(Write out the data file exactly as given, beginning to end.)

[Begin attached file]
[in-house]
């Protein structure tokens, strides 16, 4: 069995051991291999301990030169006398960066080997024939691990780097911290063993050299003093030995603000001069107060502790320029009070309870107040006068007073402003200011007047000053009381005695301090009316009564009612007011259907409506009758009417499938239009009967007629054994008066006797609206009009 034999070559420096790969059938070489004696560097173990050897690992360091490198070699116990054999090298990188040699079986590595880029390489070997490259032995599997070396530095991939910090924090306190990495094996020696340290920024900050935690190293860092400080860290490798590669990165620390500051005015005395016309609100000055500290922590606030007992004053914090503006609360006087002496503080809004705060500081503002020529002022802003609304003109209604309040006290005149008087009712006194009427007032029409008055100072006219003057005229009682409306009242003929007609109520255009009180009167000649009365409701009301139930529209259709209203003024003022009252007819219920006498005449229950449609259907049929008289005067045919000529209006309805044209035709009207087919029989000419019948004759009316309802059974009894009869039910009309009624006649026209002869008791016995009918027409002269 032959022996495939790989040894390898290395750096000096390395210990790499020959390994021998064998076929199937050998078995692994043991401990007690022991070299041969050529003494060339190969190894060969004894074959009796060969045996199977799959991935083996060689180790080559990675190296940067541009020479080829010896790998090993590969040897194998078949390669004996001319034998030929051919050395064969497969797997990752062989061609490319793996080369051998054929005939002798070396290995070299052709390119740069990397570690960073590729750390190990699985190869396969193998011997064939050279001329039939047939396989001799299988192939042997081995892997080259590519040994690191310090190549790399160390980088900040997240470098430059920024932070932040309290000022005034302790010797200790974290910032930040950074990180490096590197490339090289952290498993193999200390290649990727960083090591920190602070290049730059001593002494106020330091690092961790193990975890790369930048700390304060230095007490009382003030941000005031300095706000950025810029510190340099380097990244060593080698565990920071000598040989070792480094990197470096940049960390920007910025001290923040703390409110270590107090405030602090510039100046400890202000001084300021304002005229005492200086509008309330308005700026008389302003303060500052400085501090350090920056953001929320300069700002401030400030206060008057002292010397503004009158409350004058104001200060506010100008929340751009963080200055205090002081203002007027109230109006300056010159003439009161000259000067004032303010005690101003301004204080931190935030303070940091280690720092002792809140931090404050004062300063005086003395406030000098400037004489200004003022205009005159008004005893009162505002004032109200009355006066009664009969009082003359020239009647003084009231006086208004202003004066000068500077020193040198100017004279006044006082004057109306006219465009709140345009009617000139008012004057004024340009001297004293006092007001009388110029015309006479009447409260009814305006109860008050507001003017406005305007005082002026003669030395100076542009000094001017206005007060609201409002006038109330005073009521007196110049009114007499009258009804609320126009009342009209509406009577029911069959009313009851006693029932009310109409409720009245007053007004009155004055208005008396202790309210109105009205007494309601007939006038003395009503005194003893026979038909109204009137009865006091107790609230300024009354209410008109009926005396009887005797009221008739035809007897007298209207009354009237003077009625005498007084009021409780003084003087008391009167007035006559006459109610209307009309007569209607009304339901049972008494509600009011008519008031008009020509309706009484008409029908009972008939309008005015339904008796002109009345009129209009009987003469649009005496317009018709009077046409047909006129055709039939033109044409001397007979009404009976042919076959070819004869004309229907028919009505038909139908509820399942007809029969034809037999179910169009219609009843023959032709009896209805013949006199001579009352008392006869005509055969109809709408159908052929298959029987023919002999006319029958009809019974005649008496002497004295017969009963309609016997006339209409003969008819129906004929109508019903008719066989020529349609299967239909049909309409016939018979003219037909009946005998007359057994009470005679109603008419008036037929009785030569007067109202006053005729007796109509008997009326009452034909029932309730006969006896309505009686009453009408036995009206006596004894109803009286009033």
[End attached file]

[in-house]
């Protein structure tokens, strides 16, 4: 069995051991291999301990030169006398960066080997024939691990780097911290063993050299003093030995603000001069107060502790320029009070309870107040006068007073402003200011007047000053009381005695301090009316009564009612007011259907409506009758009417499938239009009967007629054994008066006797609206009009 034999070559420096790969059938070489004696560097173990050897690992360091490198070699116990054999090298990188040699079986590595880029390489070997490259032995599997070396530095991939910090924090306190990495094996020696340290920024900050935690190293860092400080860290490798590669990165620390500051005015005395016309609100000055500290922590606030007992004053914090503006609360006087002496503080809004705060500081503002020529002022802003609304003109209604309040006290005149008087009712006194009427007032029409008055100072006219003057005229009682409306009242003929007609109520255009009180009167000649009365409701009301139930529209259709209203003024003022009252007819219920006498005449229950449609259907049929008289005067045919000529209006309805044209035709009207087919029989000419019948004759009316309802059974009894009869039910009309009624006649026209002869008791016995009918027409002269 032959022996495939790989040894390898290395750096000096390395210990790499020959390994021998064998076929199937050998078995692994043991401990007690022991070299041969050529003494060339190969190894060969004894074959009796060969045996199977799959991935083996060689180790080559990675190296940067541009020479080829010896790998090993590969040897194998078949390669004996001319034998030929051919050395064969497969797997990752062989061609490319793996080369051998054929005939002798070396290995070299052709390119740069990397570690960073590729750390190990699985190869396969193998011997064939050279001329039939047939396989001799299988192939042997081995892997080259590519040994690191310090190549790399160390980088900040997240470098430059920024932070932040309290000022005034302790010797200790974290910032930040950074990180490096590197490339090289952290498993193999200390290649990727960083090591920190602070290049730059001593002494106020330091690092961790193990975890790369930048700390304060230095007490009382003030941000005031300095706000950025810029510190340099380097990244060593080698565990920071000598040989070792480094990197470096940049960390920007910025001290923040703390409110270590107090405030602090510039100046400890202000001084300021304002005229005492200086509008309330308005700026008389302003303060500052400085501090350090920056953001929320300069700002401030400030206060008057002292010397503004009158409350004058104001200060506010100008929340751009963080200055205090002081203002007027109230109006300056010159003439009161000259000067004032303010005690101003301004204080931190935030303070940091280690720092002792809140931090404050004062300063005086003395406030000098400037004489200004003022205009005159008004005893009162505002004032109200009355006066009664009969009082003359020239009647003084009231006086208004202003004066000068500077020193040198100017004279006044006082004057109306006219465009709140345009009617000139008012004057004024340009001297004293006092007001009388110029015309006479009447409260009814305006109860008050507001003017406005305007005082002026003669030395100076542009000094001017206005007060609201409002006038109330005073009521007196110049009114007499009258009804609320126009009342009209509406009577029911069959009313009851006693029932009310109409409720009245007053007004009155004055208005008396202790309210109105009205007494309601007939006038003395009503005194003893026979038909109204009137009865006091107790609230300024009354209410008109009926005396009887005797009221008739035809007897007298209207009354009237003077009625005498007084009021409780003084003087008391009167007035006559006459109610209307009309007569209607009304339901049972008494509600009011008519008031008009020509309706009484008409029908009972008939309008005015339904008796002109009345009129209009009987003469649009005496317009018709009077046409047909006129055709039939033109044409001397007979009404009976042919076959070819004869004309229907028919009505038909139908509820399942007809029969034809037999179910169009219609009843023959032709009896209805013949006199001579009352008392006869005509055969109809709408159908052929298959029987023919002999006319029958009809019974005649008496002497004295017969009963309609016997006339209409003969008819129906004929109508019903008719066989020529349609299967239909049909309409016939018979003219037909009946005998007359057994009470005679109603008419008036037929009785030569007067109202006053005729007796109509008997009326009452034909029932309730006969006896309505009686009453009408036995009206006596004894109803009286009033």